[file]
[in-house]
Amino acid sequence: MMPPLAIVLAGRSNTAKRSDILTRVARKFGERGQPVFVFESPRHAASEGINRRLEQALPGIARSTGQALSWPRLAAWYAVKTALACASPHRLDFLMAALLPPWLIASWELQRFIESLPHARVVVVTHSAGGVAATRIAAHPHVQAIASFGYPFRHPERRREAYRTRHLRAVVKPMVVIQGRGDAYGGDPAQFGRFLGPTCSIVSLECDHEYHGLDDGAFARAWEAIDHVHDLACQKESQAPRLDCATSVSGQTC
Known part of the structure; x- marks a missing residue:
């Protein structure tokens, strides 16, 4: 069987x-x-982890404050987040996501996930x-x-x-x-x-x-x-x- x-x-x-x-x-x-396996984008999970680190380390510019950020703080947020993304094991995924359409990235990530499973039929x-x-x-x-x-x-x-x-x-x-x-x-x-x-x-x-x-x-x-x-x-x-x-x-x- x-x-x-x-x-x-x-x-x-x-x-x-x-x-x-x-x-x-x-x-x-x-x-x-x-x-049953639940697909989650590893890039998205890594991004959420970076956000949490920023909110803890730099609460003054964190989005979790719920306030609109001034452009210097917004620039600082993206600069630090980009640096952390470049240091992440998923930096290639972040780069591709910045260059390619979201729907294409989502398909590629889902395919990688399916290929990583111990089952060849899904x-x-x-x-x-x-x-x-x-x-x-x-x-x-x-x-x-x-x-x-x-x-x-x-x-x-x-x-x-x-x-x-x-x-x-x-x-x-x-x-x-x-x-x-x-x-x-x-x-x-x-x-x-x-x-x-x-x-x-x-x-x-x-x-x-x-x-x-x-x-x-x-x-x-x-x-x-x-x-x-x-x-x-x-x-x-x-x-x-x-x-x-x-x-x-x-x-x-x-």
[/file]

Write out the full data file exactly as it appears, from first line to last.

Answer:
[in-house]
Amino acid sequence: MMPPLAIVLAGRSNTAKRSDILTRVARKFGERGQPVFVFESPRHAASEGINRRLEQALPGIARSTGQALSWPRLAAWYAVKTALACASPHRLDFLMAALLPPWLIASWELQRFIESLPHARVVVVTHSAGGVAATRIAAHPHVQAIASFGYPFRHPERRREAYRTRHLRAVVKPMVVIQGRGDAYGGDPAQFGRFLGPTCSIVSLECDHEYHGLDDGAFARAWEAIDHVHDLACQKESQAPRLDCATSVSGQTC
Known part of the structure; x- marks a missing residue:
């Protein structure tokens, strides 16, 4: 069987x-x-982890404050987040996501996930x-x-x-x-x-x-x-x- x-x-x-x-x-x-396996984008999970680190380390510019950020703080947020993304094991995924359409990235990530499973039929x-x-x-x-x-x-x-x-x-x-x-x-x-x-x-x-x-x-x-x-x-x-x-x-x- x-x-x-x-x-x-x-x-x-x-x-x-x-x-x-x-x-x-x-x-x-x-x-x-x-x-049953639940697909989650590893890039998205890594991004959420970076956000949490920023909110803890730099609460003054964190989005979790719920306030609109001034452009210097917004620039600082993206600069630090980009640096952390470049240091992440998923930096290639972040780069591709910045260059390619979201729907294409989502398909590629889902395919990688399916290929990583111990089952060849899904x-x-x-x-x-x-x-x-x-x-x-x-x-x-x-x-x-x-x-x-x-x-x-x-x-x-x-x-x-x-x-x-x-x-x-x-x-x-x-x-x-x-x-x-x-x-x-x-x-x-x-x-x-x-x-x-x-x-x-x-x-x-x-x-x-x-x-x-x-x-x-x-x-x-x-x-x-x-x-x-x-x-x-x-x-x-x-x-x-x-x-x-x-x-x-x-x-x-x-």